With events moving so fast in Iran, what we really need is a direct web feed from what looks increasingly like a popular uprising against the repressive theocratic regime. The next best thing is Andrew Sullivan's regular posts, especially (if you can stomach it) those labelled 'This is what fascism looks like'. There's live-blogging of the uprising over at the Huffington Post too. And Harry's Place is doing a pretty good job from this side of the water. Among the more considered responses to the post-election turmoil, this from Hitchens is worth a look.
I'm a great admirer of Maryam Namazie's work for secularism and women's rights, but I suspect (and hope) her endorsement of the call by the Worker-communist Party of Iran for a 'revolutionary movement' - led by itself, naturally - to replace the Islamic regime with a socialist republic will fall on deaf ears. As Danny Postel writes in his 2006 book, Reading Legitimation Crisis in Tehran: Iran and the Future of Liberalism:
(T)he parlance of 'revolution' is far from the lips of Iranians today. Iranians are understandably turned off by revolution-speak, given the 'revolutionary' regime they've been living under since 1979, but also - and this is critical - because of the general failure of the revolutionary Left in Iran.
Postel quotes Iranian journalist Afshin Molavi:
The leftist, anti-imperialist ideas of the 1970s have given way to a more pragmatic discourse about economic and political dignity based on Western models of secular democracy. Iranian youth largely dismiss the radical ideas of their parents' generation, full of half-baked leftism, Marxist economics, Third World anti-imperialism, Islamist radicalism and varying shades of utopian totalitarianism. 'We just want to be normal', is typical of what hundreds of students have told me. 'We're tired of radicalism'.
Moreover, as Postel recalls, some sections of the Iranian left 'forged outright alliances with Khomeini's forces', something that, as dissident Iranian writer Faraj Sarkohi remarks, 'is firmly engraved on the memory of the Iranian people'. What united the Islamist and ultra-leftist wings of the Iranian revolution was their virulent hostility to liberalism, with 'Death to liberalism!' a popular slogan alongside 'Death to America!' Arguably, the anti-liberalism of the revolutionary Iranian left contributed to the Islamic ascendancy.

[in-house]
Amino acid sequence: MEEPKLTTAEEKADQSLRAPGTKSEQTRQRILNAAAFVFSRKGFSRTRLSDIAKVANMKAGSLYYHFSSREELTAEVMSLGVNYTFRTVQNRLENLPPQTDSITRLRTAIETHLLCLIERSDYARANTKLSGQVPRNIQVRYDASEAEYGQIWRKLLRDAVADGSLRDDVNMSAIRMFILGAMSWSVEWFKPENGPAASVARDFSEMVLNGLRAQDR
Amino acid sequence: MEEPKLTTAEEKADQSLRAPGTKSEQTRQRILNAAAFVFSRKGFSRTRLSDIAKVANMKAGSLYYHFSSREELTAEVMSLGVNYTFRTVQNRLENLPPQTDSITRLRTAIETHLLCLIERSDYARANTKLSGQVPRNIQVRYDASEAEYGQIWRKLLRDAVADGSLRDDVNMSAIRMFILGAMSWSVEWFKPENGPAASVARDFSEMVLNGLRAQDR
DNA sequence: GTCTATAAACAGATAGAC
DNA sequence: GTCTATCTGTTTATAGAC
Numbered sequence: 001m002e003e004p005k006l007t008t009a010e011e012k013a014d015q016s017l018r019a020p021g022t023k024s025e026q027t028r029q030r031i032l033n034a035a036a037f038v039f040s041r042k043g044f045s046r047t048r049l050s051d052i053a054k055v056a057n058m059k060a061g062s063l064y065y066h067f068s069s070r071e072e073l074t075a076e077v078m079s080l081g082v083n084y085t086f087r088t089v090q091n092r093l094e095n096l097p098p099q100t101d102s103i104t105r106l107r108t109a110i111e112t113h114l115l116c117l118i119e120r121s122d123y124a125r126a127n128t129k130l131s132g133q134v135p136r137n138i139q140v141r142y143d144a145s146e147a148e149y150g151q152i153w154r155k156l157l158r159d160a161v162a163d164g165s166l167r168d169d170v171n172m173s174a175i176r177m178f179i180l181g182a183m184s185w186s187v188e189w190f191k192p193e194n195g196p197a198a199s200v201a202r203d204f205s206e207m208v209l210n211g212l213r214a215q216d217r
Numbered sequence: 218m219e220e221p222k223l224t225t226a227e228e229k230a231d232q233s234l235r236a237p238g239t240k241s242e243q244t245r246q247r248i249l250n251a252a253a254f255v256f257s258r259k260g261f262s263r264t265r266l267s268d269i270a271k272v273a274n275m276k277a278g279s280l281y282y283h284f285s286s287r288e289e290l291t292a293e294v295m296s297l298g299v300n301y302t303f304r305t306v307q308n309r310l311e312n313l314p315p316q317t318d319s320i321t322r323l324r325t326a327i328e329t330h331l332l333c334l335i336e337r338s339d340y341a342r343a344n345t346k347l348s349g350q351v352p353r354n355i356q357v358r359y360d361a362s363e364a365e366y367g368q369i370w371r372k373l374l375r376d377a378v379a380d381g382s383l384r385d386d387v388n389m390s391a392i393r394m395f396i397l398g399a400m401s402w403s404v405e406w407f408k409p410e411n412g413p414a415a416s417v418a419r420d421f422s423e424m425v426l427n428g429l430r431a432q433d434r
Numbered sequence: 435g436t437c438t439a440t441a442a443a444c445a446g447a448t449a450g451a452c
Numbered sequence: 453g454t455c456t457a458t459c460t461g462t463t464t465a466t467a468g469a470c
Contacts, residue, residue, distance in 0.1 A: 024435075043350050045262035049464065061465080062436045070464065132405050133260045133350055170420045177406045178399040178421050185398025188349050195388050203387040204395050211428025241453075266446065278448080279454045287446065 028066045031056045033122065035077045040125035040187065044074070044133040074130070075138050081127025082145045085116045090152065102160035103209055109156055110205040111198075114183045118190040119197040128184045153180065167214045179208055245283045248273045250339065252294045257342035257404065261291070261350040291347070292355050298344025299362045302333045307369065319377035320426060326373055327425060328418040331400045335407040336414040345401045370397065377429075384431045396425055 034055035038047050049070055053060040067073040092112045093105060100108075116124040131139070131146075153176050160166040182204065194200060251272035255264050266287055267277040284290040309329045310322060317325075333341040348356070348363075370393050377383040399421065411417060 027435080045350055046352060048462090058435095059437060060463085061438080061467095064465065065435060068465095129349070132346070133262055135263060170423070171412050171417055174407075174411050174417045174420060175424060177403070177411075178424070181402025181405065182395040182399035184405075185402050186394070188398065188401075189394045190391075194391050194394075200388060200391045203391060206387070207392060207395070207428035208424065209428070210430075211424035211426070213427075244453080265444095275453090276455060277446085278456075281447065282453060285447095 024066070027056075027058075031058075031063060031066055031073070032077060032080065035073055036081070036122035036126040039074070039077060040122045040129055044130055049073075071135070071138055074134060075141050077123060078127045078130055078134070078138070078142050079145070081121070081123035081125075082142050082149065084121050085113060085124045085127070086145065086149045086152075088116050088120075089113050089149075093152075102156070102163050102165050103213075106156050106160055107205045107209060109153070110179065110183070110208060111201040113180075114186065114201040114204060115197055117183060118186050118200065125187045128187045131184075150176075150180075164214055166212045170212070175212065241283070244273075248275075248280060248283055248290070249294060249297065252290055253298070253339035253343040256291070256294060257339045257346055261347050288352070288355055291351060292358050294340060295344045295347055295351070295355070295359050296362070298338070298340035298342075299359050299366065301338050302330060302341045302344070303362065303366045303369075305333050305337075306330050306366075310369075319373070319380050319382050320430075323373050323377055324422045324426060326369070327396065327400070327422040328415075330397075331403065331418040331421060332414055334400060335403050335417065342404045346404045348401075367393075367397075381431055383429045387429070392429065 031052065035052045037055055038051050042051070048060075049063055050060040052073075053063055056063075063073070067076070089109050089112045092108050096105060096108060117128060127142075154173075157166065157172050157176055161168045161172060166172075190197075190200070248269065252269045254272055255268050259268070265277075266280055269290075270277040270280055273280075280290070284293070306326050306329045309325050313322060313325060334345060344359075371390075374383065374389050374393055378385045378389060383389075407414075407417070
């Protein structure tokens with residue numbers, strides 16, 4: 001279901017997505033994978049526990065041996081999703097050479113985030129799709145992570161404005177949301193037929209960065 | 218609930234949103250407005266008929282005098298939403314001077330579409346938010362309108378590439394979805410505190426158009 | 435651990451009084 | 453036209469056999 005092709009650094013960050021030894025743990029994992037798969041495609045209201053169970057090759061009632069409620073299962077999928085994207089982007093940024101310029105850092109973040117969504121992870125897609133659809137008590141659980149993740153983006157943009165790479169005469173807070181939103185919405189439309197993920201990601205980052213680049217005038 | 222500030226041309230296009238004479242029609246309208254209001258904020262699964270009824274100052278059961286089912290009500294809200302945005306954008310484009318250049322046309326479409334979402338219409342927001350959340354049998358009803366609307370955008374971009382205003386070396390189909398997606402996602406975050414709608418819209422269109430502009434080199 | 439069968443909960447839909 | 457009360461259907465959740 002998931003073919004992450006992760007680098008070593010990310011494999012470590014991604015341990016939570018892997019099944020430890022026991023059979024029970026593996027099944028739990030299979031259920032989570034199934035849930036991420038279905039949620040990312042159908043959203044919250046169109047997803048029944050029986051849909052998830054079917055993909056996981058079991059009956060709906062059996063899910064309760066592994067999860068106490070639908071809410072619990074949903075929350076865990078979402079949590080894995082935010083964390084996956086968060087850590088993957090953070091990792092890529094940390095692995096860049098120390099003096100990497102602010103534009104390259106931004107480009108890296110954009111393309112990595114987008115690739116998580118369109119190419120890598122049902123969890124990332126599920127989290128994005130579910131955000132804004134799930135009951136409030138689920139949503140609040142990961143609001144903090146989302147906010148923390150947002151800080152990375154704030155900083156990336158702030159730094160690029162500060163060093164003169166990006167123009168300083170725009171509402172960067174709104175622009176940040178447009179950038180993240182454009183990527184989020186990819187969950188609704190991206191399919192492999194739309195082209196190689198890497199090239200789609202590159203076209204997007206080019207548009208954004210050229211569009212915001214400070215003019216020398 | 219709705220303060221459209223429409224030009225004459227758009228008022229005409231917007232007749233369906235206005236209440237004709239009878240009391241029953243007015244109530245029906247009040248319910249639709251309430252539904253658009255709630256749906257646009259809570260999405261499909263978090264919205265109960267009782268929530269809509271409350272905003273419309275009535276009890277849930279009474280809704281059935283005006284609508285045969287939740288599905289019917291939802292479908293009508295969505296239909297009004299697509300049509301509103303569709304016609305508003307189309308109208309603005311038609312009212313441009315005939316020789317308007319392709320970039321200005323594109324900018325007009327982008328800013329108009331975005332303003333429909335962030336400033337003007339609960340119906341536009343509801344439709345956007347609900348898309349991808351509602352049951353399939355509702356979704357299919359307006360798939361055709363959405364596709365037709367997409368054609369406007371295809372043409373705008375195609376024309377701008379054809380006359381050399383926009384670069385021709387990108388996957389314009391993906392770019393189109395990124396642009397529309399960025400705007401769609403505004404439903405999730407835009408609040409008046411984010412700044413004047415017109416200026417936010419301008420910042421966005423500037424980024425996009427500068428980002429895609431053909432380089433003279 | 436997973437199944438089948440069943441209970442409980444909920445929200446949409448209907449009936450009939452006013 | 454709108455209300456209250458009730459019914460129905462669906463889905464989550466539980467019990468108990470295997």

In place of revolutionary leftism, Postel notices a revival of interest in liberal ideas among the new generation of Iranians, with the writings of Arendt, Popper and Kolakowski popular among younger intellectuals (see this post).
If this uprising is successful, perhaps the neocons' predictions will be frustrated and it will be Iran, not Iraq, that one day provides the model of liberal democracy for the Middle East. We live in hope.
Thanks to The New Centrist for recommending Michael Totten's excellent coverage of events at his blog, and at the Commentary site. Totten also links to this site which includes fascinating video footage of the latest events in Iran. After all the brutality and repression of recent days, this video of demonstrators and police standing silently together is strangely surreal but somehow reassuring: